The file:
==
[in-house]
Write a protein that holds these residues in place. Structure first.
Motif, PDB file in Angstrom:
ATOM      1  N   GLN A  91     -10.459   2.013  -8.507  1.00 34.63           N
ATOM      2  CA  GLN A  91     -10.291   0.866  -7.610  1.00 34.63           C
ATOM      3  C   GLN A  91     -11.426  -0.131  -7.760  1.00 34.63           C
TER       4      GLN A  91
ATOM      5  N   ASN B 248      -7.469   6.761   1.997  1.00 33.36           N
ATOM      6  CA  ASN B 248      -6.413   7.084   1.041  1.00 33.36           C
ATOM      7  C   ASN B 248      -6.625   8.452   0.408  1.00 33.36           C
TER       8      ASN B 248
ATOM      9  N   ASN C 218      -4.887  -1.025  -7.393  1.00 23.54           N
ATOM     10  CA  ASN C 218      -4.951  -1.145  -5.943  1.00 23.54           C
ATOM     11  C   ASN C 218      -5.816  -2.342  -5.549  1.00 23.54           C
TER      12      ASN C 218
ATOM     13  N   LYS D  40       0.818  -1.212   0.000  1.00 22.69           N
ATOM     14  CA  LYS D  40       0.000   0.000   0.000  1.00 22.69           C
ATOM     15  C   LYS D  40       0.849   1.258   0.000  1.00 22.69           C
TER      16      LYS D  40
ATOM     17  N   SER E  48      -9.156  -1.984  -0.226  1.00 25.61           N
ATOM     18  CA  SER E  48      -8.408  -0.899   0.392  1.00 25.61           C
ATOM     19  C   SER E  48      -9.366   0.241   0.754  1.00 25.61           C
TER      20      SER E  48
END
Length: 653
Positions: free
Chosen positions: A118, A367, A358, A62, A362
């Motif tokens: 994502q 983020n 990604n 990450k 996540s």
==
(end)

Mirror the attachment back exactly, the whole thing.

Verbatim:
[in-house]
Write a protein that holds these residues in place. Structure first.
Motif, PDB file in Angstrom:
ATOM      1  N   GLN A  91     -10.459   2.013  -8.507  1.00 34.63           N
ATOM      2  CA  GLN A  91     -10.291   0.866  -7.610  1.00 34.63           C
ATOM      3  C   GLN A  91     -11.426  -0.131  -7.760  1.00 34.63           C
TER       4      GLN A  91
ATOM      5  N   ASN B 248      -7.469   6.761   1.997  1.00 33.36           N
ATOM      6  CA  ASN B 248      -6.413   7.084   1.041  1.00 33.36           C
ATOM      7  C   ASN B 248      -6.625   8.452   0.408  1.00 33.36           C
TER       8      ASN B 248
ATOM      9  N   ASN C 218      -4.887  -1.025  -7.393  1.00 23.54           N
ATOM     10  CA  ASN C 218      -4.951  -1.145  -5.943  1.00 23.54           C
ATOM     11  C   ASN C 218      -5.816  -2.342  -5.549  1.00 23.54           C
TER      12      ASN C 218
ATOM     13  N   LYS D  40       0.818  -1.212   0.000  1.00 22.69           N
ATOM     14  CA  LYS D  40       0.000   0.000   0.000  1.00 22.69           C
ATOM     15  C   LYS D  40       0.849   1.258   0.000  1.00 22.69           C
TER      16      LYS D  40
ATOM     17  N   SER E  48      -9.156  -1.984  -0.226  1.00 25.61           N
ATOM     18  CA  SER E  48      -8.408  -0.899   0.392  1.00 25.61           C
ATOM     19  C   SER E  48      -9.366   0.241   0.754  1.00 25.61           C
TER      20      SER E  48
END
Length: 653
Positions: free
Chosen positions: A118, A367, A358, A62, A362
């Motif tokens: 994502q 983020n 990604n 990450k 996540s």